• Article

Geographic and facility variation in inpatient stroke rehabilitation Multilevel analysis of functional status

OBJECTIVE: To examine geographic and facility variation in cognitive and motor functional outcomes after postacute inpatient rehabilitation in patients with stroke.

DESIGN: Retrospective cohort design using Centers for Medicare and Medicaid Services (CMS) claims files. Records from 1209 rehabilitation facilities in 298 hospital referral regions (HRRs) were examined. Patient records were analyzed using linear mixed models. Multilevel models were used to calculate the variation in outcomes attributable to facilities and geographic regions.

SETTING: Inpatient rehabilitation units and facilities.

PARTICIPANTS: Patients (N=145,460) with stroke discharged from inpatient rehabilitation from 2006 through 2009.

INTERVENTION: Not applicable.

MAIN OUTCOME MEASURES: Cognitive and motor functional status at discharge measured by items in the CMS Inpatient Rehabilitation Facility-Patient Assessment Instrument.

RESULTS: Variation profiles indicated that 19.1% of rehabilitation facilities were significantly below the mean functional status rating (mean ± SD, 81.58±22.30), with 221 facilities (18.3%) above the mean. Total discharge functional status ratings varied by 3.57 points across regions. Across facilities, functional status values varied by 29.2 points, with a 9.1-point difference between the top and bottom deciles. Variation in discharge motor function attributable to HRR was reduced by 82% after controlling for cluster effects at the facility level.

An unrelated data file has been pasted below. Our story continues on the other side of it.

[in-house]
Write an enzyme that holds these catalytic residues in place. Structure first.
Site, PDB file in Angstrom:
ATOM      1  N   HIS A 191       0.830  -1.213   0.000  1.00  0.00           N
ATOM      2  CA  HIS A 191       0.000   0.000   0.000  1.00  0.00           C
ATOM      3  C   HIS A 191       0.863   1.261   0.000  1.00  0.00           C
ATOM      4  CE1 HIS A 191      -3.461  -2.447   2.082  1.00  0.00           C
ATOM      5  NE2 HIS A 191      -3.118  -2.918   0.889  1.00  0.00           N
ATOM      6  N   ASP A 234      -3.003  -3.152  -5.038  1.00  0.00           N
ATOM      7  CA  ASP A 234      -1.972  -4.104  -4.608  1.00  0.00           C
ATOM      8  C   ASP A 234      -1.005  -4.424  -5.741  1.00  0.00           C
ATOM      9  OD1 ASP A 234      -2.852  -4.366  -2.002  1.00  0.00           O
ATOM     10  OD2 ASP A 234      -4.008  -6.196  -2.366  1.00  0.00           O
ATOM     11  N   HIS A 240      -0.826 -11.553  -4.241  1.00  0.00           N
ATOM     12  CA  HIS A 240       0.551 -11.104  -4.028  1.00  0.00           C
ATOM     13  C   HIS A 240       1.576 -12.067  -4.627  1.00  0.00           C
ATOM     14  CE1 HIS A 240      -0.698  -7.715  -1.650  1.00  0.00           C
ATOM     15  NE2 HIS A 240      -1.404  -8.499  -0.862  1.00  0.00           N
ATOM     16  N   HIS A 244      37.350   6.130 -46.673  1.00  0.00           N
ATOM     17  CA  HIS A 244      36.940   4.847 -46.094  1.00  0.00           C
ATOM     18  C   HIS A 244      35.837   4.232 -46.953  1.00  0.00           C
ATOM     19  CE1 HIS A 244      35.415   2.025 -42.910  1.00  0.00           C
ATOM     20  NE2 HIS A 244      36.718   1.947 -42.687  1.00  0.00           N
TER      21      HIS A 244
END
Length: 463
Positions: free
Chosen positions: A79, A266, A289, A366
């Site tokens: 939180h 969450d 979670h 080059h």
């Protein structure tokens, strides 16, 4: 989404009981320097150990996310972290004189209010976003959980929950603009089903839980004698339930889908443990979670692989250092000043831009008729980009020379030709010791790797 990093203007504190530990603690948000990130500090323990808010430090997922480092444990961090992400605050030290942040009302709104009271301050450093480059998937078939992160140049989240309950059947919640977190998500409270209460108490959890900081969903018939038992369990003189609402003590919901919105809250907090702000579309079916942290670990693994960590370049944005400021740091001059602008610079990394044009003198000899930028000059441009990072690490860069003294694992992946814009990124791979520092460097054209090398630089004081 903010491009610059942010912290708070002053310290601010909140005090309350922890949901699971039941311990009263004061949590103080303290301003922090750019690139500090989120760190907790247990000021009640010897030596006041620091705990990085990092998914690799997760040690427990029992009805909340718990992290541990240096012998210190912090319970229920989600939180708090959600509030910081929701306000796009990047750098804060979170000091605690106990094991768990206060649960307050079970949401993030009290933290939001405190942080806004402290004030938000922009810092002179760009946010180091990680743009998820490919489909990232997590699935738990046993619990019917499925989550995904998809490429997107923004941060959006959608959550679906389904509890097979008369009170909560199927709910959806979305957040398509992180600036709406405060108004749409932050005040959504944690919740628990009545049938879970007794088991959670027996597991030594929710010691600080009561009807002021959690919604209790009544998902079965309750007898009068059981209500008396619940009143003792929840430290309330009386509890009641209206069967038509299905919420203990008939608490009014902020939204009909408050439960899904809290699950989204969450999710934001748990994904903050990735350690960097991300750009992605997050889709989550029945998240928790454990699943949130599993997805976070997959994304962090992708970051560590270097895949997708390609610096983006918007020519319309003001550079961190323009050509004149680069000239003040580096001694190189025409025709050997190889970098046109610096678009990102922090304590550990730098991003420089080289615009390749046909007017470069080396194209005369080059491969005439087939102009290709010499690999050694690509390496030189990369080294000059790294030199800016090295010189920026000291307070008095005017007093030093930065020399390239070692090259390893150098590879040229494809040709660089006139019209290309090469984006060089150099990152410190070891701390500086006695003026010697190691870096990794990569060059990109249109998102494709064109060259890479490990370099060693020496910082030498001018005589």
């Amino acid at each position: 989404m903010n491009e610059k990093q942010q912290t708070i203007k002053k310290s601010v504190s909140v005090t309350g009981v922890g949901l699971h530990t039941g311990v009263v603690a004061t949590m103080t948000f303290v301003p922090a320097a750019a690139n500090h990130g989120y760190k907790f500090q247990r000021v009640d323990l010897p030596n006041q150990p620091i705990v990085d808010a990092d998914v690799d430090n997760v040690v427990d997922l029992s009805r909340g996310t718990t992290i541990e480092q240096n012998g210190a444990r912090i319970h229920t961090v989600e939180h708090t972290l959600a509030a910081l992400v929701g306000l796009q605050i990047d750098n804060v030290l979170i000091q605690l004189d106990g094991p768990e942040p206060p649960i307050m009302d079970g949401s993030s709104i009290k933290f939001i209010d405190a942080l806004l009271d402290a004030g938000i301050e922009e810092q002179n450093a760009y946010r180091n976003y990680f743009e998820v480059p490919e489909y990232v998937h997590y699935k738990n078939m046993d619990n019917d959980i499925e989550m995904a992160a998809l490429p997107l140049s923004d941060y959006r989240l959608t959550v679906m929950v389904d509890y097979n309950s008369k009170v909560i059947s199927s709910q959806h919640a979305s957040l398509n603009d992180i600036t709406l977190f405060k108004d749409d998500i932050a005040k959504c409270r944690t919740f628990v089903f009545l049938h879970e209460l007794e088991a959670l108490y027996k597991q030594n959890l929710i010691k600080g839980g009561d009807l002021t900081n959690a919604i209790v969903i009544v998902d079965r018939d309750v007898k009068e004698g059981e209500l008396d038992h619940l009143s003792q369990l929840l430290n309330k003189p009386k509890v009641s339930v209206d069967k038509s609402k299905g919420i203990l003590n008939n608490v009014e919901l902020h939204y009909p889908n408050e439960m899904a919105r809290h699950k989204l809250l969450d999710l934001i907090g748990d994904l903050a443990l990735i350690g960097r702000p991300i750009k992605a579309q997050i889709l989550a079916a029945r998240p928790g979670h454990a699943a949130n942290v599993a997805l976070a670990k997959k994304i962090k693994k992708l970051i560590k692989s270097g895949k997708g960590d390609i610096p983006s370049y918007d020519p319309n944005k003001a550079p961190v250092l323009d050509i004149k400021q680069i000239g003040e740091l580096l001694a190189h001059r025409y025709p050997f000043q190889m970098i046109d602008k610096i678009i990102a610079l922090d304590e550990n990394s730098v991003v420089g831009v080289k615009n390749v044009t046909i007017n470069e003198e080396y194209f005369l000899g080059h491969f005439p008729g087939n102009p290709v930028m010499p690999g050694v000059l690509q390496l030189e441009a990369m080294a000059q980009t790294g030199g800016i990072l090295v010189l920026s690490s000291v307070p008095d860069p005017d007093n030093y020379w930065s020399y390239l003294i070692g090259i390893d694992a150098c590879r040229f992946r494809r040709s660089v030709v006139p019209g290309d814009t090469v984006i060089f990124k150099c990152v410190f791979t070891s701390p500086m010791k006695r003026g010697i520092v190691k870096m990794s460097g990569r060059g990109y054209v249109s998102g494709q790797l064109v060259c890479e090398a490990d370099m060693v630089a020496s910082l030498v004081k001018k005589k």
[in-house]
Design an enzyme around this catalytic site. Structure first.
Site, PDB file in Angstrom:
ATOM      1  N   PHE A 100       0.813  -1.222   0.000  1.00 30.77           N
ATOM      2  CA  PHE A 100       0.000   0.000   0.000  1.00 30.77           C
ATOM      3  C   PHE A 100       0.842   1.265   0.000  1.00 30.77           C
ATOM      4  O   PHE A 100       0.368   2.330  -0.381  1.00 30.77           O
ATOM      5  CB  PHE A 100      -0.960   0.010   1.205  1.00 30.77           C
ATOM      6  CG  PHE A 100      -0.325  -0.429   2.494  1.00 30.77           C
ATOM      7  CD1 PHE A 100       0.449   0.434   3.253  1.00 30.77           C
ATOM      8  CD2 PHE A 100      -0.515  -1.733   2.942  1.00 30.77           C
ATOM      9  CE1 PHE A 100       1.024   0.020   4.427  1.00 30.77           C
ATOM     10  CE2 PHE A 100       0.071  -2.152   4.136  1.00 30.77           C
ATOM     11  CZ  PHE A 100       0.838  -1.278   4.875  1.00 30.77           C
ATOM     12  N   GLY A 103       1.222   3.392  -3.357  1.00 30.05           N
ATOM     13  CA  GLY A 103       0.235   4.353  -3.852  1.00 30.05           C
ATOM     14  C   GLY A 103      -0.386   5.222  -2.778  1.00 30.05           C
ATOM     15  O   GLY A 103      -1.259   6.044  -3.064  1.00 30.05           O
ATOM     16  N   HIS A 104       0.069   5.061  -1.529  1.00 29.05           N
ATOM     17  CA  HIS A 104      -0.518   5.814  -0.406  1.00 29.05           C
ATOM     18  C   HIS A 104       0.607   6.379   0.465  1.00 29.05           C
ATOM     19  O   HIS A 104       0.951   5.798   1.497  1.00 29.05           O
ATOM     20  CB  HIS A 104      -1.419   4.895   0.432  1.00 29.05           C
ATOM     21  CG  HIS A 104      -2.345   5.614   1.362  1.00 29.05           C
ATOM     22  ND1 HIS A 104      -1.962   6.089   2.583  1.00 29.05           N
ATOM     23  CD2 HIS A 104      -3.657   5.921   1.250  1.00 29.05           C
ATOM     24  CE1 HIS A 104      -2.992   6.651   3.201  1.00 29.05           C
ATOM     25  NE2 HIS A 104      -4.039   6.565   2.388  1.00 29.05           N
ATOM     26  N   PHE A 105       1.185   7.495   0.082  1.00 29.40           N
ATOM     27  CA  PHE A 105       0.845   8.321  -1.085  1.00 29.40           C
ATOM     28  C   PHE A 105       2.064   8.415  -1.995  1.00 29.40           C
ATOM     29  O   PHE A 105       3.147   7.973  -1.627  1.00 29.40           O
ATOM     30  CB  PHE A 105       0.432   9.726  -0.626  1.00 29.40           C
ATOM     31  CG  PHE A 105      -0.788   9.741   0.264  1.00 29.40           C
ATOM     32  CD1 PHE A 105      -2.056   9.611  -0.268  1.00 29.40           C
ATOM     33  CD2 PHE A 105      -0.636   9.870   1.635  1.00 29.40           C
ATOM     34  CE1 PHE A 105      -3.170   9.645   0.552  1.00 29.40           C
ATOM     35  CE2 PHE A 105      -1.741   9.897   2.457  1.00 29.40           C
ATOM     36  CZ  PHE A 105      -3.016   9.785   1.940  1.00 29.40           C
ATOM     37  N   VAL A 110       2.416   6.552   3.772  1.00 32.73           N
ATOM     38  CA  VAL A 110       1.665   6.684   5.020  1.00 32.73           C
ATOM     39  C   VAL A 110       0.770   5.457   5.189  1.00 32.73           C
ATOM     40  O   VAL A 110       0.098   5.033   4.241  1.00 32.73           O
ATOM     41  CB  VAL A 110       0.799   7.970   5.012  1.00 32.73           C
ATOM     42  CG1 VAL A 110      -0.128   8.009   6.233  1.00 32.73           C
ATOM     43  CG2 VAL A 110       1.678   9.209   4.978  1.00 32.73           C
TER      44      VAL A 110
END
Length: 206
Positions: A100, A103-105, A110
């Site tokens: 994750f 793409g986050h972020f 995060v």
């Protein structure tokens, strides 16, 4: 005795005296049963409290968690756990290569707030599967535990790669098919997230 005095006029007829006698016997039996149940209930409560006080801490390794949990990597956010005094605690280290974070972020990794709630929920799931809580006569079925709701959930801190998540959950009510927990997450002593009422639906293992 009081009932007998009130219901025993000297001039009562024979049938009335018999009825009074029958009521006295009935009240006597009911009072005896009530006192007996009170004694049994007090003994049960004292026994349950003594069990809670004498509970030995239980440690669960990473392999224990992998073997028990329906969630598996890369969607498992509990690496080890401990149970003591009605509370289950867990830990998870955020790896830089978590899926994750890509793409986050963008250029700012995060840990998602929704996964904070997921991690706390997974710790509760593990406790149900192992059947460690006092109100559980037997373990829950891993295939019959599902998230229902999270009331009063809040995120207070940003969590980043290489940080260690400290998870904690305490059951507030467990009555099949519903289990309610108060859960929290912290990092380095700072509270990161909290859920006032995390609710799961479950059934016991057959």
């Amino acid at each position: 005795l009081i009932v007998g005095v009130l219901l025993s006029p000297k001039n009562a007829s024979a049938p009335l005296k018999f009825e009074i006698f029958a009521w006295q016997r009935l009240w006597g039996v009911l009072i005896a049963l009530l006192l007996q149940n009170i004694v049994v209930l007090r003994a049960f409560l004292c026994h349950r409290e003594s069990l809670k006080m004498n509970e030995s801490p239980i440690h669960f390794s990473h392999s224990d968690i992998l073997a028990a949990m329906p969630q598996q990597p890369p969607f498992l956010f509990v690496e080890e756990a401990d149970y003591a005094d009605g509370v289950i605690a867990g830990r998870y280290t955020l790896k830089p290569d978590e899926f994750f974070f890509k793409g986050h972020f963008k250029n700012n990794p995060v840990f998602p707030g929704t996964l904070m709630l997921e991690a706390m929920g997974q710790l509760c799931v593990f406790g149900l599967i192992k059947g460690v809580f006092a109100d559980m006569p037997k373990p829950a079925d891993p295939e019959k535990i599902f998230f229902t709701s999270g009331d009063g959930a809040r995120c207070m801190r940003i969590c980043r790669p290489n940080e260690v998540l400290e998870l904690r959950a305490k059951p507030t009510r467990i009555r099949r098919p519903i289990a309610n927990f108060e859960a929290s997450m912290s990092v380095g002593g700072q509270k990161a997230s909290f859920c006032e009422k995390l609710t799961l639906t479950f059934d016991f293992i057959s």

CONCLUSIONS: Our findings suggest that variation in motor and cognitive function at discharge after postacute rehabilitation in patients with stroke is accounted for more by facility than geographic location.

Citation

Reistetter, T. A., Kuo, Y-F., Karmarkar, A. M., Eschbach, K., Teppala, S., Freeman, J. L., & Ottenbacher, K. J. (2015). Geographic and facility variation in inpatient stroke rehabilitation: Multilevel analysis of functional status. Archives of Physical Medicine and Rehabilitation, 96(7), 1248-1254. DOI: 10.1016/j.apmr.2015.02.020